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VIM 101 - A beginners Guide

by Rajat Negi / July 12th, 2020

#linux #beginners #webdev

In this post i will try to give you a view of how you can use vim. A very basic guide to get you started with using vim. If you are always looking to improve your efficiency while coding or typing in general you might have come across somebody mentioning about vim.

At first glance vim looks like an age old editor. There is nothing flashy about it. But if you know enough, you will realise that, you can customise it in many ways according to your need and preference. But for a beginner, you must first know how to do basic editing.


Vim has two modes of input. These are:

    - Command Mode
    - Insert Mode

Command Mode:

In this mode what you type is taken as command. Nothing will get inserted into your file in this mode(unless you have made a command for that). Whatever you type in this mode can be seen in the bottom left corner. More on what you can do in this mode later.

Insert Mode:

In this mode whatever you type is inserted just like any other text editor.

How to switch between Insert mode and Command Mode?

When you open a new vim window, by default you are in command mode. You won't be able to write yet. To got into insert mode press i. At bottom left you can see that now you are in insert mode. Now you can type as usual. To go back to cmd mode just press ESC.

How to save a file?

When you have edited you file, you have to know a way to save it as well. Normally editors have Ctrl + s as save command. If you haven't searched yet you will try to do the same. But here:

  1. first you go to cmd mode (using ESC).
  2. Now you press :w <filename.extension>
  3. Or simply :w if you dont want to create a new file

How to quit vim?

Now the beginners really get frustrated at this. Well i definitely got. It is just because you realise at this point that why do i have to use a command for even the basic stuff. But if you use vim enough you will realise it is much faster this way and doesn't really require using mouse(cool right!). For this:

  • type :q in cmd mode
  • If you still aren't able to quit press :q!. Here ! tells the editor to force quit. Similarly if you weren't able to save before you could have used :w!.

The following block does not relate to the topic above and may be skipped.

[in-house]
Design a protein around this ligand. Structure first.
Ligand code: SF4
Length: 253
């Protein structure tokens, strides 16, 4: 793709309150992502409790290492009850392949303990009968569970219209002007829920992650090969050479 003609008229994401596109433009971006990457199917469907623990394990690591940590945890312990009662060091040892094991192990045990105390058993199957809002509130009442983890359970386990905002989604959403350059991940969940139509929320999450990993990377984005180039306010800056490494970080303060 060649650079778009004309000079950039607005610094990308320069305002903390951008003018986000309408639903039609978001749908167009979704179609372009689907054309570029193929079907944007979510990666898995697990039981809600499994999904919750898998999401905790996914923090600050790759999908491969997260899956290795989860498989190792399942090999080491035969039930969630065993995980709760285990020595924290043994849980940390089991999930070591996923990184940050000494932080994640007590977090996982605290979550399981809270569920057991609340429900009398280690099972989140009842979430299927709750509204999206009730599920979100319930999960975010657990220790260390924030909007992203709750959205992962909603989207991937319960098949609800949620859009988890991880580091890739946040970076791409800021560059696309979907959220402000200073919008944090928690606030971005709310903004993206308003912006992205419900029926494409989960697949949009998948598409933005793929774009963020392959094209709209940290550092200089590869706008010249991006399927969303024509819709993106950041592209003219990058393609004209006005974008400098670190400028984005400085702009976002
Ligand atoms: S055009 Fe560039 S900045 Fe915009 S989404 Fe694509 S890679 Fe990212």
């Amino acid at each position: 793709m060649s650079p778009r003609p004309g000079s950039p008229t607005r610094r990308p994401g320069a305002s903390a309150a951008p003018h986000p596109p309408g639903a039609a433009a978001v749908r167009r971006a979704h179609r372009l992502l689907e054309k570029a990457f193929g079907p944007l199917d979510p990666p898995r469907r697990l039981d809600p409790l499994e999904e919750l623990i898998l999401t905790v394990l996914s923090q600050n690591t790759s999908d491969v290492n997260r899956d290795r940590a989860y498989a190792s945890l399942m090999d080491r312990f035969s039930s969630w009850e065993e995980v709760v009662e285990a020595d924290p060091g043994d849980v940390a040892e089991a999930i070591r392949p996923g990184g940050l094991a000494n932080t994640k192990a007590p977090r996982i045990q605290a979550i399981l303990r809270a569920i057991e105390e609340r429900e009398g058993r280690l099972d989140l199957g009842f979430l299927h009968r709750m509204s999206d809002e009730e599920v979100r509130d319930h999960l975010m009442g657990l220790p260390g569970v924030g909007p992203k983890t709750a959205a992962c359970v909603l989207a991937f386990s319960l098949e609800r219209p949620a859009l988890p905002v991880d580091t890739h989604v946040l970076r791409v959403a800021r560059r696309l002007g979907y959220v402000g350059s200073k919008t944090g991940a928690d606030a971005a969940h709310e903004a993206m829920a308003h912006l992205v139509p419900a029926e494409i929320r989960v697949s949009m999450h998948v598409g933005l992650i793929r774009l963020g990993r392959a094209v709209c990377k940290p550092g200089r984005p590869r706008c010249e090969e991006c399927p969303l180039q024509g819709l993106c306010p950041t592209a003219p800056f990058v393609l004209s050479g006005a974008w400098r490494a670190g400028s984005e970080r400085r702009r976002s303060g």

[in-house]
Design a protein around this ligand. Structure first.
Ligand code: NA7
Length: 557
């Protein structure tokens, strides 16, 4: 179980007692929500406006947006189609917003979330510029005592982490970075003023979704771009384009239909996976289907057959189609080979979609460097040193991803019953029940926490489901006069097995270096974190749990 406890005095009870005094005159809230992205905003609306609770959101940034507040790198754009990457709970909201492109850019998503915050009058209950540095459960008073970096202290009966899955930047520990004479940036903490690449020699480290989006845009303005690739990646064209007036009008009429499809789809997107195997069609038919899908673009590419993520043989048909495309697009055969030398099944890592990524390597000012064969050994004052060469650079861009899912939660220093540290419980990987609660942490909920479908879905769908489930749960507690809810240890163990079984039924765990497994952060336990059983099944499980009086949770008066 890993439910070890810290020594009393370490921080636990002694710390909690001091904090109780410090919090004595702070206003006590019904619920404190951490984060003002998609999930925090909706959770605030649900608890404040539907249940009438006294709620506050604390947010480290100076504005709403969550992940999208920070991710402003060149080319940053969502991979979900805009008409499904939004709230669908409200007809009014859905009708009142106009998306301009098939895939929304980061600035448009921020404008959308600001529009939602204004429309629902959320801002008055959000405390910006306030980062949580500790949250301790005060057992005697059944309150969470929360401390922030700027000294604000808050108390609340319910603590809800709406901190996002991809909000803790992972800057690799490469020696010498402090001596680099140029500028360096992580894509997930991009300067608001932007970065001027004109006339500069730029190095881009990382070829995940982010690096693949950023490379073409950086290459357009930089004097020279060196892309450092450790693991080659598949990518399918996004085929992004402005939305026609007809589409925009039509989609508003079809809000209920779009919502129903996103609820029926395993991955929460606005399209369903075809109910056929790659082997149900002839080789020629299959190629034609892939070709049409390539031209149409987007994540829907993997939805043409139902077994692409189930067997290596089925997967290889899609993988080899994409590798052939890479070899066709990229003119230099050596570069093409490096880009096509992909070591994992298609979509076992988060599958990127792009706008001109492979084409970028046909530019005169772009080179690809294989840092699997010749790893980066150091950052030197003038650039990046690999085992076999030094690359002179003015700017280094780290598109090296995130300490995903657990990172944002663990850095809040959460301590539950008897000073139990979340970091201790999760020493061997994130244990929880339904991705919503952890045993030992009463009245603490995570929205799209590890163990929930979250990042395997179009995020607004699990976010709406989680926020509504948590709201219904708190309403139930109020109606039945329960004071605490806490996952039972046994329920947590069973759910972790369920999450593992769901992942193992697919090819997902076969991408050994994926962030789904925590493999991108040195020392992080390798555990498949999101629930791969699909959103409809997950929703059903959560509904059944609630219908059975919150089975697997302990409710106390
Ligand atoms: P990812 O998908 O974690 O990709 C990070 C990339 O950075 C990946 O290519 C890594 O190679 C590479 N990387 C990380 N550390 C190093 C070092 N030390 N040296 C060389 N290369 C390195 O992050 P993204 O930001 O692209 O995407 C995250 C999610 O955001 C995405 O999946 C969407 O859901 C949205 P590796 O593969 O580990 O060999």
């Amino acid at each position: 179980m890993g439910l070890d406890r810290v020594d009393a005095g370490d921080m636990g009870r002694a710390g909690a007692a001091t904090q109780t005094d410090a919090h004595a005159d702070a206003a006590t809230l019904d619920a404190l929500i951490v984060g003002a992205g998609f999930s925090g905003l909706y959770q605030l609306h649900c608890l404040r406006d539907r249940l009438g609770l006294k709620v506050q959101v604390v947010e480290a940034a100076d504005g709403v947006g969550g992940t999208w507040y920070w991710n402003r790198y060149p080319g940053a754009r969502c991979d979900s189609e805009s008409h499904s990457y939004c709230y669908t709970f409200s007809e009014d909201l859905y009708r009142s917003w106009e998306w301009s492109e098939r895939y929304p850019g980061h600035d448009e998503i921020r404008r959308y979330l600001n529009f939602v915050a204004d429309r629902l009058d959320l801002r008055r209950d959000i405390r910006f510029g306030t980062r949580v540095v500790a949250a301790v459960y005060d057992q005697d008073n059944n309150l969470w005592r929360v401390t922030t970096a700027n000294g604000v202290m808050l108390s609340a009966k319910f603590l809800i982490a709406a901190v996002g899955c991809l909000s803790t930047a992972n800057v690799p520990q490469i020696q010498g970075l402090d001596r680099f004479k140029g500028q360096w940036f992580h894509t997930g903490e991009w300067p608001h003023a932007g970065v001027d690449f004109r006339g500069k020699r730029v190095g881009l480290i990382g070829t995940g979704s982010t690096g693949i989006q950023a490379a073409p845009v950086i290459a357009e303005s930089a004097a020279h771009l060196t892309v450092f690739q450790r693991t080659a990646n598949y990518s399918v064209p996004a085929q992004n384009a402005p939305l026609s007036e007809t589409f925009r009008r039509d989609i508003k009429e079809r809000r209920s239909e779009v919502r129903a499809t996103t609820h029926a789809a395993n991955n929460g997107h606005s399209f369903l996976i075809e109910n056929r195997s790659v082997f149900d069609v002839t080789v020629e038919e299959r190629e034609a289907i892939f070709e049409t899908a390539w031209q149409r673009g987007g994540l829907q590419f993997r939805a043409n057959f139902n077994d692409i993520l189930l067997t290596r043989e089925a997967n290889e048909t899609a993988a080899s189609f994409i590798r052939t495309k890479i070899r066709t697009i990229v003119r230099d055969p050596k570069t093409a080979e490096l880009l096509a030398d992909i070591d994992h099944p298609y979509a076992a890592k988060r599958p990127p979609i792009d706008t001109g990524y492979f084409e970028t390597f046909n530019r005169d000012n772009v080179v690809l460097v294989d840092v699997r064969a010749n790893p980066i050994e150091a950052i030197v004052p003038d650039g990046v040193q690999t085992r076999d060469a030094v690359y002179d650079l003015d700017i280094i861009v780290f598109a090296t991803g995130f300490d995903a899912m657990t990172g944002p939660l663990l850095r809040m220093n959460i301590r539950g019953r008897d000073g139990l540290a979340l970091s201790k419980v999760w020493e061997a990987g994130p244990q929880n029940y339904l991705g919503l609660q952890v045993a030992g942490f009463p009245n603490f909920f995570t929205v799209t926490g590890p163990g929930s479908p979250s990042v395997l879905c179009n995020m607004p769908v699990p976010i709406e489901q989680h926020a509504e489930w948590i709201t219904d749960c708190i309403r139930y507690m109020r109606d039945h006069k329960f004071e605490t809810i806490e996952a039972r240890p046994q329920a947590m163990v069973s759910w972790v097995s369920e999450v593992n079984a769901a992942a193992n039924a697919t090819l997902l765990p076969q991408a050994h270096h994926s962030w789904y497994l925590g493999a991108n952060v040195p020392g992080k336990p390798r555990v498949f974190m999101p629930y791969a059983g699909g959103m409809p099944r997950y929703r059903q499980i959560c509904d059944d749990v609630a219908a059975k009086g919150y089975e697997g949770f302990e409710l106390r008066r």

Alt Text

How to navigate without arrow keys?

In vim without leaving the primary typing area, you can navigate easily. In cmd mode, use:

  • h as left arrow
  • j as below arrow
  • k as up arrow
  • l as right arrow

Useful commands to begin with.

Now i will introduce some basic commands to tell how editing can be so fun with vim. And of course you need to remember to insert press i and to give command ESC.

To indent a line :

  • From wherever you are in a line press >> in cmd mode(for forward indent). Similarly << for backward indent.

To go to top of your document:

  • From wherever you are just go to cmd mode and press gg

To go to bottom of your document:

  • From wherever you are just go to cmd mode and press G

To go to end of line and enter insert mode:

  • A

To go to beginning of line and enter insert mode:

  • I (note this is capitalised)

To delete current line (In vim delete and cut are very much the same thing):

  • dd

To copy current line:

  • yy
  • In vim copying is called yanking. Hence the y.

To Paste copied line:

  • p
  • will be pasted below the line under cursor.

Combining commands

In vim you can combine one or more command to have a better result. Examples:

To delete 2 lines below including current line:

  • d2j

To delete from line number 32 to 56:

  • :32,56d

Once you are aware of the basic commands these combinations come instinctively.


To customise your vim we basically write a script. The language used here is called vimscript Don't worry you don't really need to learn an entire language to begin using vim. For basic editing you will only need commands like mentioned above. However, with growing need you will want to have more features.

And to begin with with you can simply get the snippets of other people and keep experimenting.

How to edit your vimrc?

  • Go to the path where the vimrc is located. To find the path use :scriptnames in any vim window. A list of scripts including vimrc will be included.
  • After navigating to the path, use sudo vim vimrc to edit the file.


For a beginner it might seem like a tedious task to learn so many commands to do even the basic stuff. But once you have a good amount of practice, you will find using other IDE based editors to be slower. Using you vimrc you will want to customise your editor in whatever ways possible. You don't have that level of luxury at root level in other editors. Here i have only scratched the surface of Vim. But i think it is enough to get you interested. Rest is up to you how deep you want to dive.

Rajat Negi